Discussion For the research described above, for example the discussion might include an analysis of: The sample: was it representative? Could the ethnic mix or age range have made a difference? The method: Could this have been improved? Did the blue food look unpleasant rather than simple „unnatural‟? Is blue just an odd colour for food? Would there have been different responses to an unnatural- looking green? Future research: What research is needed to clarify these results further? For example, do colour preferences apply to all foods or only to some? How long does the „novelty factor‟ last?
Example: part of the discussion section The research indicated that even when participants were told that all food options were artificially coloured, they still choose savoury food that looked ‘natural’ rather than food dyed blue. This suggests that adults havea preference for food colours that look natural. However, blue is not a colour associated with food; this might have distorted the results.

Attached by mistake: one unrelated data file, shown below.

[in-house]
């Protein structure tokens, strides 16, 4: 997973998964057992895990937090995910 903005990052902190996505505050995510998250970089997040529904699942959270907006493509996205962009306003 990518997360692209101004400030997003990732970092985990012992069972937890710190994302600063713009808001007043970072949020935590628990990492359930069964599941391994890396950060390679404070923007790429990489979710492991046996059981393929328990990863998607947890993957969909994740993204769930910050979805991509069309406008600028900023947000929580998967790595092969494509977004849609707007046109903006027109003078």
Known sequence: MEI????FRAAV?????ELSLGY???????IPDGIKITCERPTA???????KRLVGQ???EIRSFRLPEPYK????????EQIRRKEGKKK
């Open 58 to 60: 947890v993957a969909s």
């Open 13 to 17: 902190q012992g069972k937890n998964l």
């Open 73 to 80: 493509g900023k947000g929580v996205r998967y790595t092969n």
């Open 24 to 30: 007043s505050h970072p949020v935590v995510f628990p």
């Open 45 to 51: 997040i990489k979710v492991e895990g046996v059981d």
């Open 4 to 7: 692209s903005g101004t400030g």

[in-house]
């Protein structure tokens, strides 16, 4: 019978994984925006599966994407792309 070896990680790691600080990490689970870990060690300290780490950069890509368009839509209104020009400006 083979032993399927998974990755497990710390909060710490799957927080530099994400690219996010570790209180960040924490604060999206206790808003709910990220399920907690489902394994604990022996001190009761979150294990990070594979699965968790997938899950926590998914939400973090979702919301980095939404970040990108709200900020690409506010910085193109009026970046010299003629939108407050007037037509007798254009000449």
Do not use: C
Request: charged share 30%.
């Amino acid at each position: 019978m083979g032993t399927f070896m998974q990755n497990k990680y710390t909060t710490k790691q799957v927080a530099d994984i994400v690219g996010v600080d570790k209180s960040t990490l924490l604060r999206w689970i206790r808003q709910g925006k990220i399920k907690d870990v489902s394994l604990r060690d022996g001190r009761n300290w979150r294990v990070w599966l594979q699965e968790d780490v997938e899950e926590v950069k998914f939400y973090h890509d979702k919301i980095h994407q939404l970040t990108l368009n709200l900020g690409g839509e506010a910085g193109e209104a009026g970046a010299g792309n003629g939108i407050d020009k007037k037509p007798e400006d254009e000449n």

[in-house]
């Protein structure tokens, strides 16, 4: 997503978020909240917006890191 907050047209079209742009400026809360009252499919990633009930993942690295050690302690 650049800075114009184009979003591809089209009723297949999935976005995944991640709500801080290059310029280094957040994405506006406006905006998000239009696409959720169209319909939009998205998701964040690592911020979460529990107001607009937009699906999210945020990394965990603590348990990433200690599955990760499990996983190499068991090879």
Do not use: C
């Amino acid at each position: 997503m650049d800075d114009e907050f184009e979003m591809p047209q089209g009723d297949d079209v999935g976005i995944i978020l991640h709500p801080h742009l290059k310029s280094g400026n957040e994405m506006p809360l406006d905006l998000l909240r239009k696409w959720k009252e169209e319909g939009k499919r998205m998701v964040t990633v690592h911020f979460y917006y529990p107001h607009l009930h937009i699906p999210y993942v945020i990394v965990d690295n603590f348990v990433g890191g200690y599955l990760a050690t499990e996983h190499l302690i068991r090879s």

Conclusions Conclusions sum up your research, setting out its significance and your findings. No new information or references are included. The conclusions are also included in the abstract, the introduction and the discussion. For the research above, the conclusions might include: A note that your research findings are not consistent with previous research findings A brief summary of why your results may be different (for instance, adult participants rather than children and savoury food rather than sweet.) Notes of any shortcomings of the research (the use of blue colouring may have distorted results).